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Public Statements

Cantwell Hails Senate Passage of Small Business Jobs Bill

Press Release

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Date:
Location: Washington, DC

The U.S. Senate today passed jobs-producing small business legislation shepherded through with the key help of U.S. Senator Maria Cantwell (D-WA). Cantwell, a member of the Senate Small Business and Finance Committees, was part of the Senate team that today won final passage, in a 61-38 bipartisan vote, of the comprehensive Small Business Jobs Act (HR 5297). The measure will reduce the federal deficit while spurring job growth through expanded access to capital and $12 billion in targeted tax incentives for small business. The fully paid-for bill will help small businesses create hundreds of thousands of new jobs through access to capital, incentives for investment, and support for innovation and entrepreneurship. Cantwell co-sponsored a key provision of the bill, the $30 billion Small Business Lending Fund, as well as a small business trade promotion provision, and a measure to aid small business government subcontractors -- all important provisions to Washington state.

"The entrepreneurial economy won today," Cantwell said at a press conference today immediately following the vote. "In Washington state, we have 140,000 small businesses. If each one of those businesses just hired one person, we would basically wipe out the job loss that we've had since the recession."

Cantwell strongly supported inclusion of the Small Business Lending Fund (SBLF), first proposed by President Obama in January. The fund will leverage $300 billion in private sector small business lending with a $30 billion public investment. The Congressional Budget Office says the program will reduce the federal deficit by $1.1 billion over 10 years as community banks repay the investment. Treasury Department Counselor Gene Sperling said at a press conference Tuesday that Cantwell was instrumental in winning passage of the lending fund: "Nobody pushed us harder to understand the connection between small banks and small business more than Maria Cantwell throughout."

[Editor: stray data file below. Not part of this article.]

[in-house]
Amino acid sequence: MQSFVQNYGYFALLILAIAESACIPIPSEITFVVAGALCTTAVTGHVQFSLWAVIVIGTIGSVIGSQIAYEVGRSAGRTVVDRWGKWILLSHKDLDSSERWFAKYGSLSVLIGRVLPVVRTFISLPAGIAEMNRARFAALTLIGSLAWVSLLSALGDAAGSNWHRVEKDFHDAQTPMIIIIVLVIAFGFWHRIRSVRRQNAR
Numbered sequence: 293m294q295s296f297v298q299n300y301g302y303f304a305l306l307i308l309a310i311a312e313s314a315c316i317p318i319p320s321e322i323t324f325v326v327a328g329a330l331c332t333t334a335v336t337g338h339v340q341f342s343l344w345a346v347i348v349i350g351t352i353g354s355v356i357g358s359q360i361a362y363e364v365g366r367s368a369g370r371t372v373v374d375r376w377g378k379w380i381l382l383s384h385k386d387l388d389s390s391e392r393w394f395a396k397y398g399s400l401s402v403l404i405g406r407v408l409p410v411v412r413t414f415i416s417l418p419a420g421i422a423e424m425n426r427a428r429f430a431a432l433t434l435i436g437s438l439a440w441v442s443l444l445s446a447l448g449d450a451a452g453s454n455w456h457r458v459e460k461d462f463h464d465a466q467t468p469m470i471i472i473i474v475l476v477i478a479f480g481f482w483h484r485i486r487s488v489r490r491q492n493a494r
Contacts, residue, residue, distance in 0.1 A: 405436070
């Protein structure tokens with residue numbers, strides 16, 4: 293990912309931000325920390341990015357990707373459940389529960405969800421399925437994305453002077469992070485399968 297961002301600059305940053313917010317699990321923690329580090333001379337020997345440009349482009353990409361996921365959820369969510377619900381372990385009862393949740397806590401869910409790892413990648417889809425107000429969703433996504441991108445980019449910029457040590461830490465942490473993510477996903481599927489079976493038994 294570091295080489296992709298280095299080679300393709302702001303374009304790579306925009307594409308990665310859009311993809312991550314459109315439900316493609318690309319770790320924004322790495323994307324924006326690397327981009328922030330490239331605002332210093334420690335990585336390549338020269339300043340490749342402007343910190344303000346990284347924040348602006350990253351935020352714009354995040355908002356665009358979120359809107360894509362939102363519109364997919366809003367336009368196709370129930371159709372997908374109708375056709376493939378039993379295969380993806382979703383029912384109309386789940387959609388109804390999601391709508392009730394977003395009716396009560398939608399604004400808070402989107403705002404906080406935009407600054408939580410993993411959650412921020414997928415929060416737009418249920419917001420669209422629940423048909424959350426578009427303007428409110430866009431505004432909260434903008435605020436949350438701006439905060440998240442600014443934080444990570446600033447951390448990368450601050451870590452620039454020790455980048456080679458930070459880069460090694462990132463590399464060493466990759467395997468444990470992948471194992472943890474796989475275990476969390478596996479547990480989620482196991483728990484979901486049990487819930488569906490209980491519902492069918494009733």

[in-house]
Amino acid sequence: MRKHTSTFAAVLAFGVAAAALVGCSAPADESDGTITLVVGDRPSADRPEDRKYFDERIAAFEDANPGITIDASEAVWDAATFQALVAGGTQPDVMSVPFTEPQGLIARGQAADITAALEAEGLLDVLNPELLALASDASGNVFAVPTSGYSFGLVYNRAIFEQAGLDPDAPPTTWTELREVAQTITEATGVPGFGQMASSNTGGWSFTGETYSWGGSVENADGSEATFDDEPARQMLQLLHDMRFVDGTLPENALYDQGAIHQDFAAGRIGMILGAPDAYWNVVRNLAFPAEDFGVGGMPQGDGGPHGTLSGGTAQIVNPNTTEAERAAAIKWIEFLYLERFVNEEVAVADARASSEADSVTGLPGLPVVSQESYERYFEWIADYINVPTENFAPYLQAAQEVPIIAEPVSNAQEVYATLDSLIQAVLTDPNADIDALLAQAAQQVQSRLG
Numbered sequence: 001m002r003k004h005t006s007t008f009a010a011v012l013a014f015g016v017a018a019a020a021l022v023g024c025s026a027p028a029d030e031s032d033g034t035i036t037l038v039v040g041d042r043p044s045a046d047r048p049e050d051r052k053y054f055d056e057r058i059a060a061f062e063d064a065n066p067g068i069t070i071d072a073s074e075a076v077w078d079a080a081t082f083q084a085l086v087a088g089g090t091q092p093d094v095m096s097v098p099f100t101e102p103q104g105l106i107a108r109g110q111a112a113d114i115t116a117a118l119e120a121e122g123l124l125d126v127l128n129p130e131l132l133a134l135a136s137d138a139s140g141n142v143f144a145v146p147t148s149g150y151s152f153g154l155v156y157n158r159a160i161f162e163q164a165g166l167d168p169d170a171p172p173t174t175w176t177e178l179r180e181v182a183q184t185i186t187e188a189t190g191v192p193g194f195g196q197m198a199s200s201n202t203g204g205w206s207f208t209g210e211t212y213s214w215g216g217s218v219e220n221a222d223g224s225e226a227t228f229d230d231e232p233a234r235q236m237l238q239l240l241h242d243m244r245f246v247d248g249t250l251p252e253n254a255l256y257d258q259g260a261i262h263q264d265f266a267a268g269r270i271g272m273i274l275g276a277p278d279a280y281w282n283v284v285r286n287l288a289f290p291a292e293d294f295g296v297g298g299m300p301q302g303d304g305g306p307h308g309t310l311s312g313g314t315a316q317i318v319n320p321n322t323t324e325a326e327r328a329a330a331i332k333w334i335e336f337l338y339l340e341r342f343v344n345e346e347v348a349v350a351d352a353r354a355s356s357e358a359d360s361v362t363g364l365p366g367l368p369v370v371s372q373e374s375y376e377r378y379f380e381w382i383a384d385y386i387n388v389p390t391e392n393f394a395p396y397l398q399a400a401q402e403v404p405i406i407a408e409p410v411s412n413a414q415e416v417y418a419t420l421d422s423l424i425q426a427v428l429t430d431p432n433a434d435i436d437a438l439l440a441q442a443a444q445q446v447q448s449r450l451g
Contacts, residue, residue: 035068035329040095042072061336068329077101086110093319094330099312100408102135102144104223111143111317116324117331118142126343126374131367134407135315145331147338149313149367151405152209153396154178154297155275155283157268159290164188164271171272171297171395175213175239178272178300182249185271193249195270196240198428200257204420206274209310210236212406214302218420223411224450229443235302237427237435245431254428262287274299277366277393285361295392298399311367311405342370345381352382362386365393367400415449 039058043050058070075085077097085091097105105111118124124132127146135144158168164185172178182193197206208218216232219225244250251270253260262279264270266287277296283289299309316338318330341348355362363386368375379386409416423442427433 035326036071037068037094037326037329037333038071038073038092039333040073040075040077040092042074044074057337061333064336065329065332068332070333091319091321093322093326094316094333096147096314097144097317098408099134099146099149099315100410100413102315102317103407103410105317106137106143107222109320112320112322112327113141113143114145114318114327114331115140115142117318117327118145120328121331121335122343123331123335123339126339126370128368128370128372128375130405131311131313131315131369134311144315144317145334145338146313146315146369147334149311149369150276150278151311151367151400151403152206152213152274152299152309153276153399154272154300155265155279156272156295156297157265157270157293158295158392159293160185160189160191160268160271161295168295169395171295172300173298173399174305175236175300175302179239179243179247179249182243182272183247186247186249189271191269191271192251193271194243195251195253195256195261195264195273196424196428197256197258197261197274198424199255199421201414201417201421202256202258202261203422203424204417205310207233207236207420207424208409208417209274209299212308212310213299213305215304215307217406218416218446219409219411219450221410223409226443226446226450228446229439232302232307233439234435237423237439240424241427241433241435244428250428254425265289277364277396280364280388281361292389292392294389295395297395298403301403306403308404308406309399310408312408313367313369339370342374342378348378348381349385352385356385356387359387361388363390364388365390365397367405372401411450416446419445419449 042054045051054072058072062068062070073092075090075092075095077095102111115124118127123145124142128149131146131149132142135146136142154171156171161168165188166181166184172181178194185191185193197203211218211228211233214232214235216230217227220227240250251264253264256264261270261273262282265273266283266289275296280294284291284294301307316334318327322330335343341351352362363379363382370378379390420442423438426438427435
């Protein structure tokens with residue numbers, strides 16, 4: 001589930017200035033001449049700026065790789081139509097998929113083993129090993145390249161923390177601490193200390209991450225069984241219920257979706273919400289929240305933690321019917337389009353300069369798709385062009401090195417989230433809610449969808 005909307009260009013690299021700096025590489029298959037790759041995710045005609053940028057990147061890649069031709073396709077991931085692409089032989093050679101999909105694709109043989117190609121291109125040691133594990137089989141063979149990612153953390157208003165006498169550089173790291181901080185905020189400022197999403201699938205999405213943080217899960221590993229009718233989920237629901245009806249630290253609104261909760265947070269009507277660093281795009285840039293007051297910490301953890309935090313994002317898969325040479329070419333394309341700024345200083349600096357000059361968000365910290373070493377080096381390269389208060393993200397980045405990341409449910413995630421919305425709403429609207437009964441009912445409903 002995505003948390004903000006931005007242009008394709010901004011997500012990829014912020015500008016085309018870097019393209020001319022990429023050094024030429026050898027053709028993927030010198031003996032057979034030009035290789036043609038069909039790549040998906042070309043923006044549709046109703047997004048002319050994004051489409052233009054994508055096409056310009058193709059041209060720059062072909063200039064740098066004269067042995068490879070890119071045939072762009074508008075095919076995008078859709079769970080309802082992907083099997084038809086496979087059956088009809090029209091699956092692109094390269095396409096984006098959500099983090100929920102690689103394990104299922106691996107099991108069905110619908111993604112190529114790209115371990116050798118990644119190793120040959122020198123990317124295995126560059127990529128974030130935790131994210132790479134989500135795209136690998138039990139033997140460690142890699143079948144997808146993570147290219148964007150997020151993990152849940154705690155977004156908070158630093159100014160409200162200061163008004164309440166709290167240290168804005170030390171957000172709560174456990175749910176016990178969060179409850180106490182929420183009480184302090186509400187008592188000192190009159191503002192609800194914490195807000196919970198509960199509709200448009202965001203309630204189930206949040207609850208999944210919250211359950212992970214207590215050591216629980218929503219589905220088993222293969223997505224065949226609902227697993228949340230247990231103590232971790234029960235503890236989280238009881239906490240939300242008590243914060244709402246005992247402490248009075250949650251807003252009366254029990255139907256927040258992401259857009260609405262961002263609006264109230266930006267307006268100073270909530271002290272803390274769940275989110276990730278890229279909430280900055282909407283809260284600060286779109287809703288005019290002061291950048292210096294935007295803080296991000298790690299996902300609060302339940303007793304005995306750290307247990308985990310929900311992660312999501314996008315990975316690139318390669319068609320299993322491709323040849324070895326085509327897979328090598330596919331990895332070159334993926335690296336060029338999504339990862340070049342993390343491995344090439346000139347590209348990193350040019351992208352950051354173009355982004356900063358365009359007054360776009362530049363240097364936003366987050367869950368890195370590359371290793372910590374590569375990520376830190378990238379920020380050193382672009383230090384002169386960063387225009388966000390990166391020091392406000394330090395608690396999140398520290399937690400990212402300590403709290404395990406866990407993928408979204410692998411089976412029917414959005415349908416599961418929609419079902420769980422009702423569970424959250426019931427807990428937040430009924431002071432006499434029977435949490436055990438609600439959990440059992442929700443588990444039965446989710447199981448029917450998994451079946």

"This bill is by far the most important thing we've done for our economy this year," Senator Cantwell said. "It expresses our faith in the private sector -- in the community bankers and small businesses who create jobs to get our economy moving again."

The bill includes several provisions to help small businesses access capital and make investments to grow their businesses and create jobs.

Helping Small Businesses Access Capital

· The Small Business Lending fund establishes a lending program administered by the Department of Treasury for healthy community banks with under $10 billion in assets. Banks would repay at a dividend rate that would decrease as their lending to small businesses increases. The Independent Community Bankers of America estimates that the $30 billion program would generate $300 billion in small business lending.
· The legislation raises the cap on Small Business Administration (SBA) loans to increase lending by $5 billion in the first year after enactment, and refinances commercial real estate debt into long-term, fixed-rate loans. These provisions are expected to be budget neutral and could create or save 200,000 jobs, according to the Senate Small Business and Finance Committees.